And what of the health of our home, Planet Earth? Growing numbers of people, particularly those involved in the environmental and green movements, are beginning to become aware of the connection of the food on their plate and the pollution and waste of resources caused by meat production. Those of us who have been vegetarian for a number of years were no doubt weaned on the idea that meat is very wasteful in terms of land use and protein conversion as it takes around 10 kilos of vegetable protein to produce one kilo of meat. The UK alone uses 80% of its land to raise livestock, it could feed around 4 – 5 times its current population by adopting a vegetarian diet and we would not need to take grain from the mouths of those starving in the third world to feed to livestock. As well as the wastage of land, meat production also consumes over 150 billion litres of water in the UK alone, and, as many of us know, water is not the unlimited resource we once thought it to be. This is hardly surprising when it takes 11,250 litres of water for one pound of meat as opposed to 13 litres for a pound of wheat. The production of this meat also destroys tracts of rainforest, uses valuable energy and water in the process and provides as a handy end product dollops of pollution in the form of animal manure and methane, adding to the greenhouse effect.

The reduction of the rainforest and other plantlife in this manner also contributes to global warming and the strange weather seasons that are occurring world-wide can be directly attributed to the unhealthy diet of humanity. Added to the Methane from animal excrement, the ammonia produced by the animals also contributes to acid rain, killing off the very trees which provide the oxygen required for us and other animal life to live and flourish. Clearing of the rainforest as well as adding to more general environmental problems also has a disastrous effect on the native animals, plants and human cultures who have previously existed in the habitat with minimal impact for often thousands of years, with around 50 species of flora and fauna a day becoming extinct. And all to create what? An unwanted mountain of carcasses to add to the other western food mountains.

Closer to home in the west cattle and other slurry, together with pesticide run off, are destroying our native streams and rivers and killing off the aquatic life. There are valiant attempts to reintroduce the otter and even the European Beaver but those attempts will fail if we do not clean up our act. Meat production also contributes to soil erosion adding another nail in the ecological coffin. Even those members of the population who are less concerned with animal welfare can be persuaded to adopt the vegetarian diet if they are concerned about their fellow humans. With 38% of the world’s grain squandered on the production of meat it is clear that many millions of people in the developing world are dying of hunger for no better reason than to pleasure the tastebuds of the rich. This is a particularly important argument to use for those members of the public who claim to care more for humans than for animals.

Even the ocean world is not safe, due primarily to overfishing and also to pollution, the ecological balance of the oceans has been disrupted, numbers of fish are reducing drastically, together with sea mammals such as dolphins, seals and whales, and the number of unknown large scale death from disease incidents continues to increase.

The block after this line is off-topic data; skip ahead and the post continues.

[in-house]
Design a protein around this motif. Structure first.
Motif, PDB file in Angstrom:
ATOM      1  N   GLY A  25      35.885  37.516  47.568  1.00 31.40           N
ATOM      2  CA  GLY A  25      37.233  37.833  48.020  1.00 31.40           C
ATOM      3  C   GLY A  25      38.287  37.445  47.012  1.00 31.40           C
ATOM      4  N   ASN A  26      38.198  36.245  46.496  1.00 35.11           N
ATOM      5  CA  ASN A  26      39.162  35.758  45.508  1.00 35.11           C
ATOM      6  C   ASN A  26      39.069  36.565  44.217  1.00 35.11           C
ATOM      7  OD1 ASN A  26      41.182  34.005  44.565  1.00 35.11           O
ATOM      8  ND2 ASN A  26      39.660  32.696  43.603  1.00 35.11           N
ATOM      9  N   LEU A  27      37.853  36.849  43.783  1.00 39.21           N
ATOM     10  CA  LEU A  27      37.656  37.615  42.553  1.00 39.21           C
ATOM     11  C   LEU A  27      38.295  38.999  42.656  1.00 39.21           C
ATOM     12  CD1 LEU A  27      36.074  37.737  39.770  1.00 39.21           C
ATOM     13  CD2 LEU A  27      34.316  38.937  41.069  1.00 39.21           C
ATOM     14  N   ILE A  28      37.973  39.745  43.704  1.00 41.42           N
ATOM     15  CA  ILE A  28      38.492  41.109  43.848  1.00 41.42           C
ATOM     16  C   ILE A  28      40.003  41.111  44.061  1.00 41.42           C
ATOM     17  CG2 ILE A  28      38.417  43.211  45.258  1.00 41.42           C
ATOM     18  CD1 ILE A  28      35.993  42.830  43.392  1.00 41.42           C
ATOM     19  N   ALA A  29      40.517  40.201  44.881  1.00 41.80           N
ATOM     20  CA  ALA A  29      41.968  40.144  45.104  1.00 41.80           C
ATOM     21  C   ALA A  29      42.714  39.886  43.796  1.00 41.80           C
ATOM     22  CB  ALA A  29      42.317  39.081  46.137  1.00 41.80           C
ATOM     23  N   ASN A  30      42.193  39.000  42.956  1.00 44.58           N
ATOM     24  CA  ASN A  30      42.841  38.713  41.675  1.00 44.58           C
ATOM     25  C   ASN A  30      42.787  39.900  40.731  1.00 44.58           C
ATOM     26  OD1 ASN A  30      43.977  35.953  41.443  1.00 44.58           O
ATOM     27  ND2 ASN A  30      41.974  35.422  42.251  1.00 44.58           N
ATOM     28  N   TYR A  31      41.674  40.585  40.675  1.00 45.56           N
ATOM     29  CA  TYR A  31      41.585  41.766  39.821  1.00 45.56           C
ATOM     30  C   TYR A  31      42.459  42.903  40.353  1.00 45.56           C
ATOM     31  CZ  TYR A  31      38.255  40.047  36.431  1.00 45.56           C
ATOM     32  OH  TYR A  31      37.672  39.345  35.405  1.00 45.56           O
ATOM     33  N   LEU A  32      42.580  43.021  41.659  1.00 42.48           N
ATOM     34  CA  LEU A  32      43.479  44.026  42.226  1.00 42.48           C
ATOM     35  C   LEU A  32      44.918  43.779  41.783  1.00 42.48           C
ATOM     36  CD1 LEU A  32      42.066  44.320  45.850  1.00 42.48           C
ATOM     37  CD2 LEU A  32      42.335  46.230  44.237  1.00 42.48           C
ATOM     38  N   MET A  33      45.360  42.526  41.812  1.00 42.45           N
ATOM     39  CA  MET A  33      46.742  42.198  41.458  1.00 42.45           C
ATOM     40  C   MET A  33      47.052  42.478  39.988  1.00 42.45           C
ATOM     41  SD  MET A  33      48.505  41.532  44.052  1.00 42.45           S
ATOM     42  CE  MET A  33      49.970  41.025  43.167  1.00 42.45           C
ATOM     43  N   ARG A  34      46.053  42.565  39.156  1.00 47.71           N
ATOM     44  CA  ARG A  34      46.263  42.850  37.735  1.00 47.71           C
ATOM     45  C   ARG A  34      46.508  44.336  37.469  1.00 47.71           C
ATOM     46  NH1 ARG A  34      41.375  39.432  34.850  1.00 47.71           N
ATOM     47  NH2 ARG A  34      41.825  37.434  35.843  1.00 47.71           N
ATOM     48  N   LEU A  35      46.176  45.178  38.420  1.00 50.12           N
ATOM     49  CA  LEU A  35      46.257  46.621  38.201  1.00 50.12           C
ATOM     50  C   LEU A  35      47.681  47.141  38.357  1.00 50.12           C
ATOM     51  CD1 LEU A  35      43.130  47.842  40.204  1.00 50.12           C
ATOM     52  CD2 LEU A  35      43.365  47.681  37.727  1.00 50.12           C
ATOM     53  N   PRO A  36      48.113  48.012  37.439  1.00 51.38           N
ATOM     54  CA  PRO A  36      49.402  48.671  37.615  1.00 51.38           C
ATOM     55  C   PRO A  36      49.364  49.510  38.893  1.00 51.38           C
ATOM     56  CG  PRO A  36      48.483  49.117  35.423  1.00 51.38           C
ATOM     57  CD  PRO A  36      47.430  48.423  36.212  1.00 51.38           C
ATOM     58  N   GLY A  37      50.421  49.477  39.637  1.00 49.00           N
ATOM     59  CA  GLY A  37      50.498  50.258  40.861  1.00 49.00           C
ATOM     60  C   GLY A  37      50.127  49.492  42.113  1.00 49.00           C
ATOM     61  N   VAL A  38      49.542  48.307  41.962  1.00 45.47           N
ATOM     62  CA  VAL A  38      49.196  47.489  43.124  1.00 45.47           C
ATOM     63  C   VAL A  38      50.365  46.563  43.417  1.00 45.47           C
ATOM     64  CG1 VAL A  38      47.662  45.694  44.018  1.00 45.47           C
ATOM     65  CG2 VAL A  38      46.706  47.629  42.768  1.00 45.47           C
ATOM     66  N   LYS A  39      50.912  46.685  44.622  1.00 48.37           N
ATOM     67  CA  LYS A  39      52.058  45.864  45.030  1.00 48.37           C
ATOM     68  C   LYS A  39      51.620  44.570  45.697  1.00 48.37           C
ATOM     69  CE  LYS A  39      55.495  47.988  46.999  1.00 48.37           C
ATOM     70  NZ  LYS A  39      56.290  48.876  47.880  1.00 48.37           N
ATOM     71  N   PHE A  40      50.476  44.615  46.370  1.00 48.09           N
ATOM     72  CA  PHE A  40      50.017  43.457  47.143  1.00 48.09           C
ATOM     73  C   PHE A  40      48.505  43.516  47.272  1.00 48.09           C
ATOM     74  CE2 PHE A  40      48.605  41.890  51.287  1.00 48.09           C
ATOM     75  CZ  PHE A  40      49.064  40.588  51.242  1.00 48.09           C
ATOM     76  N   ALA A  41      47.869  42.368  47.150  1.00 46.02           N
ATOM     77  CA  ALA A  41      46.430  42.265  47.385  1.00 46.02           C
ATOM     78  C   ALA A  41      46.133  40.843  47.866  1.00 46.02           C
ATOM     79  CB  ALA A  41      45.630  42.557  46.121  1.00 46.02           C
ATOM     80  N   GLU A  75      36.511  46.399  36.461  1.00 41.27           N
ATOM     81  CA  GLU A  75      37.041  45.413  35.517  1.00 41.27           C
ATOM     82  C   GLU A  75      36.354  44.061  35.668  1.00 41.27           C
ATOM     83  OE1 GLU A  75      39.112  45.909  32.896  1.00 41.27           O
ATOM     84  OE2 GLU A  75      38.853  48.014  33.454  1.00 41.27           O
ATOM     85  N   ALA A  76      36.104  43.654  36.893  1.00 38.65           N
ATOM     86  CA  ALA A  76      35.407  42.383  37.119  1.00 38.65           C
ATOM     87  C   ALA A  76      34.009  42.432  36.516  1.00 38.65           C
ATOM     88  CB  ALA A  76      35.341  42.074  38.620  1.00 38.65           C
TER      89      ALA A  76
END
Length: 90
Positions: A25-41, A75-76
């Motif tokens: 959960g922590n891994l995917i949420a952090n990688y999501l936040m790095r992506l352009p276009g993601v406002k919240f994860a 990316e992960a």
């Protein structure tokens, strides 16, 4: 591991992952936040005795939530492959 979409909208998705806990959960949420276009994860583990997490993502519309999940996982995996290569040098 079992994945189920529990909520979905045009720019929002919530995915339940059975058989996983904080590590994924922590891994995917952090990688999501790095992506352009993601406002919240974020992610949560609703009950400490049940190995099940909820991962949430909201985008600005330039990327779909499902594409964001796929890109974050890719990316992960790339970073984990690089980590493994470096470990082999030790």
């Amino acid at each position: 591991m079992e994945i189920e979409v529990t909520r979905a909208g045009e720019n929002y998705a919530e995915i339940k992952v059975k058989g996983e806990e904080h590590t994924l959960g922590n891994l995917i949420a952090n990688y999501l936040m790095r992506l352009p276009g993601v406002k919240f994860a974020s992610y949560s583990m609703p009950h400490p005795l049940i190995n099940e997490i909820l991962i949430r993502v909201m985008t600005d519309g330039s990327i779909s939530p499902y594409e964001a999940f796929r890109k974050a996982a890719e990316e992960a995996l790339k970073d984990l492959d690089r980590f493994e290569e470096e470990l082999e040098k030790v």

In an NOP survey earlier this year 80% of those questioned said that they would prefer to buy food that was cruelty free and good for the environment, this is confirmed by the current public concern over GMO’s and a swing towards organic food that supermarket giants such as Sainsburys and Waitrose have been very quick to capitalise on. We are aware that a diet exists that answers the need of this 80%, increasingly so are they and the commercial sector is being driven to provide for those needs. People are literally eating their way to a better planet.


Those of us who have been vegetarian for many years, in my case 26 years, will have seen many changes in perception of the vegetarian diet from cranky to fashionable etc. but perhaps one of the most surprising changes, at least in the western world, has been the growth and availability of vegetarian targeted products. Way back in 1972 you could not buy anything vegetarian in the supermarket, only specialised and expensive health stores full of ingredients that you didn’t know what to do with. Similarly eating out was a nightmare as you were only likely to be offered an omelette made with battery eggs! According to The Grocer, bible of the food trade, in march 1998, " the meat free market has changed dramatically over the past few years" and, even more welcome " growing moral awareness" has played a part in driving consumer demand to make the vegetarian market one of the most dynamic growth areas in modern times - heartening words from a committed commercial interest with very little interest in morals. This growth is partly fuelled by the increasing numbers of meat reducers and meat avoiders who frankly would have been looked down on by vegetarians in the earlier years of the movement. Today we are likely to take a more tolerant attitude and the Society welcomes associate members, after all 1 full vegetarian or 2 50% ers still save the same amount of animal’s lives and we all need to give a little encouragement to those who are putting their first wavering steps on the path towards a more sustainable and compassionate diet.